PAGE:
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ROAD TRIPPIN' Nauvoo: Living History

ROAD TRIPPIN' Nauvoo: Living History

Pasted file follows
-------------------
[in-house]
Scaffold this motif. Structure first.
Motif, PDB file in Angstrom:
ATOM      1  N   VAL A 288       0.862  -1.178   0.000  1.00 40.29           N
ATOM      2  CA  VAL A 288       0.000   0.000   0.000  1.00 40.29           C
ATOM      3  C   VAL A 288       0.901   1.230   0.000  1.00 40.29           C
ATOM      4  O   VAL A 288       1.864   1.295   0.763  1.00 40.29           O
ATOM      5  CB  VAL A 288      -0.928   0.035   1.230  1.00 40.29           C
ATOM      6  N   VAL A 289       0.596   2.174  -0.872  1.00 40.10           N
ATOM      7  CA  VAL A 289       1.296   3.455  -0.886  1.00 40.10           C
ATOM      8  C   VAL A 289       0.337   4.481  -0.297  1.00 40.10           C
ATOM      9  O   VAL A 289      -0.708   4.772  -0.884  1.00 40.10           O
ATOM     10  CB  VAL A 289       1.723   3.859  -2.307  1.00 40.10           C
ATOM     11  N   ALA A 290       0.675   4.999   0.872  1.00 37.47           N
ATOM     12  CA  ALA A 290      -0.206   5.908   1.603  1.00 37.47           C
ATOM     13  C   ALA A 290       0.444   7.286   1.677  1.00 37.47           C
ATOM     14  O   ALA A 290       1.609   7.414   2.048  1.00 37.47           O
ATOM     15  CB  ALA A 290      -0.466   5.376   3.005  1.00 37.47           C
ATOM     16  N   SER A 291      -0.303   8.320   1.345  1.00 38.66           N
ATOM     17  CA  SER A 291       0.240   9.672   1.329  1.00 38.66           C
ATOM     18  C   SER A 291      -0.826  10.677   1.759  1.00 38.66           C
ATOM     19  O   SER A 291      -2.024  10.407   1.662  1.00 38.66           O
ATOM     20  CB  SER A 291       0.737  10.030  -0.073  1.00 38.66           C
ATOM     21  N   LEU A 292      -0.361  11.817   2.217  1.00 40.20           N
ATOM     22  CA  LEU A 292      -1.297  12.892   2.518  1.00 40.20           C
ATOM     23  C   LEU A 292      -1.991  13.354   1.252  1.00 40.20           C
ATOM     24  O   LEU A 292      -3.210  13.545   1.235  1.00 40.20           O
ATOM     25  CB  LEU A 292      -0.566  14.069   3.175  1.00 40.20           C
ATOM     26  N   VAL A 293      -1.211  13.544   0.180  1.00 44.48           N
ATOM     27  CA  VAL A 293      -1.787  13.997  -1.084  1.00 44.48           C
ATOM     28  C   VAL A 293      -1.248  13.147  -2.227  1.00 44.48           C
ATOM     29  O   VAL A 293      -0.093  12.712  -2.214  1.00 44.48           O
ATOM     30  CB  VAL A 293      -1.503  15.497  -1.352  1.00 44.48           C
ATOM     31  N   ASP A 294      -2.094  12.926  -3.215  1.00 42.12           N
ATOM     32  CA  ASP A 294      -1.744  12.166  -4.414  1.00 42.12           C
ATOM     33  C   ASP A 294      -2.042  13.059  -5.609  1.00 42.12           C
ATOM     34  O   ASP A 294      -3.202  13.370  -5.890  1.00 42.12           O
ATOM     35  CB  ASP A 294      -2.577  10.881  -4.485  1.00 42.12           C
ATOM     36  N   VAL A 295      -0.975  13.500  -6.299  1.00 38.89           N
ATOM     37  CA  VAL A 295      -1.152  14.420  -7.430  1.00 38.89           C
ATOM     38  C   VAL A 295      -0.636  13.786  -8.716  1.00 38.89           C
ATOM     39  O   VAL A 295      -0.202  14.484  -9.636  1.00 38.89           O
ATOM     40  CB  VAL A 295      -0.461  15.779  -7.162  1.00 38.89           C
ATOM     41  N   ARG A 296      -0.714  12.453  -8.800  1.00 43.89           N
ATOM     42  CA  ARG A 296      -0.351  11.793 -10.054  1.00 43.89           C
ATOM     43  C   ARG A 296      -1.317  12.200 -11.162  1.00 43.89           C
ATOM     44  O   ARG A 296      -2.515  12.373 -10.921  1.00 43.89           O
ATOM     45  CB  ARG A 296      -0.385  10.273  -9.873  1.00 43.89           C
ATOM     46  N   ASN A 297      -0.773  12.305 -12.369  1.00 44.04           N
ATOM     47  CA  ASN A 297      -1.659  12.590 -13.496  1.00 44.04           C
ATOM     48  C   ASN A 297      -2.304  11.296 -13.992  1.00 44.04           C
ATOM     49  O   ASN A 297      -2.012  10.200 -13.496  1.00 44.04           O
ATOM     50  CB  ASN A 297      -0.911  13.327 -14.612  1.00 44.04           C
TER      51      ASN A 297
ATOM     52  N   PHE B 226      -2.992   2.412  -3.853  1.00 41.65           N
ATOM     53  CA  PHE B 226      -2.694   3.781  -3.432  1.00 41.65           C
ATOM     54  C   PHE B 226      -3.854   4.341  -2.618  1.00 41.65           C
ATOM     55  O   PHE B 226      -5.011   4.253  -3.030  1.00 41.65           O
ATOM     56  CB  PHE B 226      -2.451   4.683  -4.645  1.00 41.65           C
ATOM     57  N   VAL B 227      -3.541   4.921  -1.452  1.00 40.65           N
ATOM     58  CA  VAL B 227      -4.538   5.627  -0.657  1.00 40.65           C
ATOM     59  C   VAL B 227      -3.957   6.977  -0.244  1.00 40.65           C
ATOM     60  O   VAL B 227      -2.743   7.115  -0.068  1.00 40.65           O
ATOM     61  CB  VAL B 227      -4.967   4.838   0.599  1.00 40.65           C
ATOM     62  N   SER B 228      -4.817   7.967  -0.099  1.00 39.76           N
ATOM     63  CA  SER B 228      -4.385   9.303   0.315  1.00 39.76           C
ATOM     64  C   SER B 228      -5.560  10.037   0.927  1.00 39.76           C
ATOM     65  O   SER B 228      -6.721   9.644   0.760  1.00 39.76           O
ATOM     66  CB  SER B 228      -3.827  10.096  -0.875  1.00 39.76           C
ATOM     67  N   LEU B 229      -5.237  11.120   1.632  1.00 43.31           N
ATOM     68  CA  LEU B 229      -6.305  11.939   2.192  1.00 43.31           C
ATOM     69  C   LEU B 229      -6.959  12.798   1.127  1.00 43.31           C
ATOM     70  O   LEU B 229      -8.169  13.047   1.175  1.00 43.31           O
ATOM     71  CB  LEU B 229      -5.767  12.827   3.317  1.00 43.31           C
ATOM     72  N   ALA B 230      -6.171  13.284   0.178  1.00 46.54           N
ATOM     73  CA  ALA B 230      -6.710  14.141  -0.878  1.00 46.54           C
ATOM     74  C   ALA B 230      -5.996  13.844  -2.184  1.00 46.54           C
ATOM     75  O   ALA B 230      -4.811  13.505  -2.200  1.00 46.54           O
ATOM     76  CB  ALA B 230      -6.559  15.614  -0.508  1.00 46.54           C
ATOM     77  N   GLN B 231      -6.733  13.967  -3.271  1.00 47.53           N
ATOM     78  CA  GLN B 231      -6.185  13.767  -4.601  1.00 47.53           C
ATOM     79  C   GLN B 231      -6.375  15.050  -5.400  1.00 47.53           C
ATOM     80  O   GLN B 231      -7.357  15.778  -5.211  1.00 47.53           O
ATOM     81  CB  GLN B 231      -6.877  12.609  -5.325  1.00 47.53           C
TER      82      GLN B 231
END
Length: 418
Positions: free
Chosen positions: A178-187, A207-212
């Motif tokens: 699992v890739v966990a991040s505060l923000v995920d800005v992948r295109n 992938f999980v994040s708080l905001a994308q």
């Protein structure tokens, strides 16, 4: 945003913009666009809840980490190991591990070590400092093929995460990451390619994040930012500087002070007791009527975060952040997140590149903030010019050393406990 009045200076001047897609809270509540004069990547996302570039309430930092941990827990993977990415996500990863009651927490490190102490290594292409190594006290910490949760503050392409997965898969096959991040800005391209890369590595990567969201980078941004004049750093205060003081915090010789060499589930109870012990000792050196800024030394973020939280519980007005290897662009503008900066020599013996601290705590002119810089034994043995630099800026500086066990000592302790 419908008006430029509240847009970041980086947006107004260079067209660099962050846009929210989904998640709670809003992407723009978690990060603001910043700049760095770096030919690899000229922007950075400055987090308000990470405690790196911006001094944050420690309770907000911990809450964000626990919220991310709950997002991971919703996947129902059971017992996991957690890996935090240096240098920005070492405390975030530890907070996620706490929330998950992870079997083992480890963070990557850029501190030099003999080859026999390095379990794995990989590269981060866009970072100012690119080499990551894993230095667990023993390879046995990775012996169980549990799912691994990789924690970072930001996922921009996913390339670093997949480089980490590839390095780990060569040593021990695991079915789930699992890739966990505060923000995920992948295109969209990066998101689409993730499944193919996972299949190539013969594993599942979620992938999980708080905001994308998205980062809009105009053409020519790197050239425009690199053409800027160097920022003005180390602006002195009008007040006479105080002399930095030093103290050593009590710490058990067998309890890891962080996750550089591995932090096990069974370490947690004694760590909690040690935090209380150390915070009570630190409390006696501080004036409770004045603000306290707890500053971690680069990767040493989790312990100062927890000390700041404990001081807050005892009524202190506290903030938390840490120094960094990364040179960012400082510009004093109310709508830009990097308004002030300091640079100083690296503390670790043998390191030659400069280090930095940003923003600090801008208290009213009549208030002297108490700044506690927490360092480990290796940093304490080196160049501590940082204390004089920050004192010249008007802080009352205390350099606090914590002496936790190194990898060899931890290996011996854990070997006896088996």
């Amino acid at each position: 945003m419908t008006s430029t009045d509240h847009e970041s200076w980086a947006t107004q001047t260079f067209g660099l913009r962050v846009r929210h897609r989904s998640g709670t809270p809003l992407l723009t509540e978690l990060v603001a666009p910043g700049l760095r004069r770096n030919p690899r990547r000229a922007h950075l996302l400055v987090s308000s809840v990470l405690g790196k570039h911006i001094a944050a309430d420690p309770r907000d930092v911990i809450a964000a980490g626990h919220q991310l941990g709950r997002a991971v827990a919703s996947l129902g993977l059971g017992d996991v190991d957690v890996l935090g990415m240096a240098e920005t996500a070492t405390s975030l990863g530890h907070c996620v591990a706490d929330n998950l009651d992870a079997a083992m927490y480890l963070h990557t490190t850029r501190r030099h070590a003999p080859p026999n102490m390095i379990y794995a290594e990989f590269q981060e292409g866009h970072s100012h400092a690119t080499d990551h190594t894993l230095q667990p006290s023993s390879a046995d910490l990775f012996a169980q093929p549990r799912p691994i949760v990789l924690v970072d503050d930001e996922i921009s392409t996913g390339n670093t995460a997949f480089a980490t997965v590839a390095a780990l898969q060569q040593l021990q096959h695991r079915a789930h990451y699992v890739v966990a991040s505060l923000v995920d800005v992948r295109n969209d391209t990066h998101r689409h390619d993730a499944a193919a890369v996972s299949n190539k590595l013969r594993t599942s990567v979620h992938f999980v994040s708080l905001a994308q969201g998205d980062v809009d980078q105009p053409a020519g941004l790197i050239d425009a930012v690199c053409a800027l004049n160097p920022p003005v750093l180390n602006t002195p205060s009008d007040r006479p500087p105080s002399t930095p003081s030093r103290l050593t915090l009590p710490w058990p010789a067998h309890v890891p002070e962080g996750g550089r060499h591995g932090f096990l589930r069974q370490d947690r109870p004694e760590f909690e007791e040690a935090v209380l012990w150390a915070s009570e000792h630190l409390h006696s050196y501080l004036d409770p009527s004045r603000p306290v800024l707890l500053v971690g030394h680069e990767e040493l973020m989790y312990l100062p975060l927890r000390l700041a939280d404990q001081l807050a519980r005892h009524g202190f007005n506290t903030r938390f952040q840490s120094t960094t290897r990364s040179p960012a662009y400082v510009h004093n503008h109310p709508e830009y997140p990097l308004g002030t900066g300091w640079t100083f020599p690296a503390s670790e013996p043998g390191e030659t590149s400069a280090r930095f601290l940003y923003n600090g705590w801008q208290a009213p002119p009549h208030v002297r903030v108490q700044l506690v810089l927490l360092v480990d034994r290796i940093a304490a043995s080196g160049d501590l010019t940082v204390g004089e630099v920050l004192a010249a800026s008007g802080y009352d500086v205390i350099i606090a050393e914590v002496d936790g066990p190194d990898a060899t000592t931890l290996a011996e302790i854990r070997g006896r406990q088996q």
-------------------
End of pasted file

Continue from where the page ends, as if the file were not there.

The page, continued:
NAUVOO, IL (CBS2/FOX28) - Its known for its quaint main street, fantastic fudge, award winning wines and outdoor stage entertainment that lasts all summer long. But Nauvoo is also one of the most thriving examples of living history to be found anywhere in the Midwest. The incredible white limestone temple on a hilltop overlooking the Mississippi River is a visitors first hint of a town built on faith and steeped in religious history. This is where thousands of people come every year to study, honor and better understand the beginnings of The Church of Jesus Christ of Latter Day Saints. Mormons built a thriving community in the 1840s which rivaled the size of Saint Louis and promised to be one of the major gateways to the west. Church members built successful businesses in dry goods, manufacturing and agriculture, watched people from all over the country and parts of Europe gather in their boom town and then suffered such severe religious persecution following the murder of church founder Joseph Smith that they packed only what they could carry in a wagon and crossed the Mississippi in the dead of winter to escape into the Iowa Territory. Today Nauvoo, Illinois is a place where travelers can learn about pioneer life, survival and the early days of the church from descendants of those who actually lived it. Youngsters can ride in a wagon drawn by oxen as they learn about the Saints journey from Illinois, across Iowa and 12-hundred miles to Utah. They can also see what it would have been like on the Mormon trek to make or buy a hand cart when they reached the end of the rail line in Iowa City and then pulled 500 pounds of worldly possessions across the prairie.

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